The Tory crisis is not going away. As Boris Johnson hangs onto his job, he’s threatened to pass as much blame as possible on to his subordinates.
That is always a risk as it encourages more people to come forward with bits of the truth.
Nusrat Ghani was transport minister from January 2018 until February 2020. She alleged that a Tory whip said her “Muslimness was raised as an issue” by Downing Street for her firing.
Ghani added that the whip told her that her “Muslim woman minister status was making colleagues feel uncomfortable”.
Ghani told the Sunday Times newspaper she felt “humiliated and powerless” after the episode. And that she was warned not to discuss the issue or her “career and reputation would be destroyed”.
If that’s how the Tories behave towards their own, it’s no surprise that they ram through racist laws and scapegoat Muslims .
It’s disgusting, but flows directly from the leadership. Johnson has openly attacked Muslims in the vilest terms, saying Muslim women who wear the burqa look like “letter boxes” and “bank robbers”.
It’s total hypocrisy that Downing Street says Johnson met Ghani in July 2020 after he was made aware of “these extremely serious claims”. It’s outrageous that his aides say, “The Conservative party does not tolerate prejudice or discrimination of any kind.”
And almost immediately afterwards, Tory MP Michael Fabricant said of Ghani, “She’s hardly someone who’s obviously a Muslim.” He added that her accusation of Islamophobia is a “lame excuse” for her sacking.
In another sign of intimidation, Downing Street officials claim they have held back information from civil servant Sue Gray’s investigation into the scandal of parties held during lockdown.
Three sources told The Independent newspaper they have not revealed messages and pictures on their phones. They said a senior member of staff told them to remove anything that could fuel speculation in the wake of the initial revelations.
Messages in a WhatsApp group were said to contain photographs of people drinking and dancing, as well as references to how hungover people were the next day.
“Everyone’s terrified. It’s a witch hunt,” another source told The Independent. “There’s been a culture of fear in the office every day since the first party story broke.”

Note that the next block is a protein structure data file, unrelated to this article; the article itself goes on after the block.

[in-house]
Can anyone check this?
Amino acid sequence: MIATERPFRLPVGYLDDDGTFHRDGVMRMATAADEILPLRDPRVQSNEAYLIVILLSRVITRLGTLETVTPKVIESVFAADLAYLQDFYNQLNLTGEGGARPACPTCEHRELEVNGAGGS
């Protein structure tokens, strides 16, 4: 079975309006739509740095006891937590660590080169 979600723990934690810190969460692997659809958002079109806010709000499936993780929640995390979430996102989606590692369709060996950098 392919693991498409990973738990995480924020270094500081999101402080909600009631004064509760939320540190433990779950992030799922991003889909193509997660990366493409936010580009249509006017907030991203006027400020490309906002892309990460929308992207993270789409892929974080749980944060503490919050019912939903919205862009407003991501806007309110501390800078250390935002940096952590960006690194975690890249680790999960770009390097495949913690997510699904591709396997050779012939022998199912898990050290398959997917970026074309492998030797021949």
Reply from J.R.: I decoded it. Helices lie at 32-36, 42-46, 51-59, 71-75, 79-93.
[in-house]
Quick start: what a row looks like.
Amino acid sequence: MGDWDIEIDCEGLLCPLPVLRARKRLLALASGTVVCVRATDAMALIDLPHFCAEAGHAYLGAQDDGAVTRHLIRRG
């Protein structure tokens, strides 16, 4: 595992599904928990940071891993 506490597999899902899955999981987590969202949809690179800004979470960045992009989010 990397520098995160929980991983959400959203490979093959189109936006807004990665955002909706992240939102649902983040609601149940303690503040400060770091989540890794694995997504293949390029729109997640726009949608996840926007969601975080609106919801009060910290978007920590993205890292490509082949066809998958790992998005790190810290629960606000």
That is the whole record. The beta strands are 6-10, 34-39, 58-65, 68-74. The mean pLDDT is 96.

Another source added, “I’ve held back from sharing evidence, it’s too risky. And I’d have to explain why I’d deleted some stuff, which would mean saying I’d felt intimidated.”
There are also more signs of Tory panic. The Mail on Sunday newspaper claims chancellor Rishi Sunak now refers to the national insurance increase set for April as “the prime minister’s tax”.
He knows there is bitter anger already over rising prices and falling living standards, and that it will grow. So he’s trying to wriggle out from the blame—and lay the basis to stand for leader if Johnson goes.
Gray’s report is expected to be handed to Johnson in the next few days. Johnson will decide when, and how much, is released. There’s no guarantee MPs will even demand its full publication.
There’s no guarantee Gray will point the finger at Johnson or that he will go even if she does.
That’s why the left has to stop spectating and fight to raise the level of struggle now to drive out Johnson. And this would be a good basis for further battles in the spring. This won’t come from Labour.
It’s a mistake to see this crisis as about an individual prime minister. It’s ultimately about the way millions of people know they’ve been lied to by the Tories, who’ve presided over a vast shift of wealth towards the super-rich.
Everyone should build solidarity for the strikes and campaigns going on—and fight to spread and extend them.
The scandals at Westminster have shone a light on the role of the whips. These are MPs who act as enforcers for the party leaders.
For them, any breath of scandal or inappropriate conduct is useful in order to pressure MPs to toe the party line.
In 1993 Tory prime minister John Major was desperate to force through support for the European Union’s Maastricht treaty. In a series of knife-edge votes several Tories threatened to rebel.
One Tory said about the whips, “They kept phoning my wife and saying, ‘You should tell him to vote with the government.’
“With some it was affairs, or things like visits to gay nightclubs. It didn’t matter if it wasn’t true, or was gossip, they still tried it on.”
During the Tony Blair governments, the whips used intense pressure to push MPs to vote for the war in Iraq, tuition fees and other measures.
The whips can certainly be ruthless. From 1977-9 the Labour government did not have a majority in the Commons. Every vote mattered.
Joe Ashton, then one of the Labour whips, said years later, “The whips’ office killed six people—I say that with deep sympathy. Some of them had to have their operations at 10 o’clock in the morning and come in here to vote at 10 o’clock at night. Others had to postpone their operations until the recess.”
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